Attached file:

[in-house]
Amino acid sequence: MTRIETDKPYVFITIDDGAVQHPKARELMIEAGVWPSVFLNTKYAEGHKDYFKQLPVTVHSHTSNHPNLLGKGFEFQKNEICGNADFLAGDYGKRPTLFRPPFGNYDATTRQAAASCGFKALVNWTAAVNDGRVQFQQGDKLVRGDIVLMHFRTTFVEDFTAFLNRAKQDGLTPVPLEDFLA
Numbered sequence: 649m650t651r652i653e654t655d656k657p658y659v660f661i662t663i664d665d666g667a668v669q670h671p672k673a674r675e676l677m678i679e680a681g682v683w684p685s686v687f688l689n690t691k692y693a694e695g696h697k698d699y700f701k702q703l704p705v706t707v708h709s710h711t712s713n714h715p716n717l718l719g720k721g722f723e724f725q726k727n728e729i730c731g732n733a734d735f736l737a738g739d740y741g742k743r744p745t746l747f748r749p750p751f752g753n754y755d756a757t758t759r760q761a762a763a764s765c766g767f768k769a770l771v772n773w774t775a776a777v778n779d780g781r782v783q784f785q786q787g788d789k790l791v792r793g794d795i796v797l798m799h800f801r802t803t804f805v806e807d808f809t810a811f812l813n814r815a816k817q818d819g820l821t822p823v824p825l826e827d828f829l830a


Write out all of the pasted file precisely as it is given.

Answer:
[in-house]
Amino acid sequence: MTRIETDKPYVFITIDDGAVQHPKARELMIEAGVWPSVFLNTKYAEGHKDYFKQLPVTVHSHTSNHPNLLGKGFEFQKNEICGNADFLAGDYGKRPTLFRPPFGNYDATTRQAAASCGFKALVNWTAAVNDGRVQFQQGDKLVRGDIVLMHFRTTFVEDFTAFLNRAKQDGLTPVPLEDFLA
Numbered sequence: 649m650t651r652i653e654t655d656k657p658y659v660f661i662t663i664d665d666g667a668v669q670h671p672k673a674r675e676l677m678i679e680a681g682v683w684p685s686v687f688l689n690t691k692y693a694e695g696h697k698d699y700f701k702q703l704p705v706t707v708h709s710h711t712s713n714h715p716n717l718l719g720k721g722f723e724f725q726k727n728e729i730c731g732n733a734d735f736l737a738g739d740y741g742k743r744p745t746l747f748r749p750p751f752g753n754y755d756a757t758t759r760q761a762a763a764s765c766g767f768k769a770l771v772n773w774t775a776a777v778n779d780g781r782v783q784f785q786q787g788d789k790l791v792r793g794d795i796v797l798m799h800f801r802t803t804f805v806e807d808f809t810a811f812l813n814r815a816k817q818d819g820l821t822p823v824p825l826e827d828f829l830a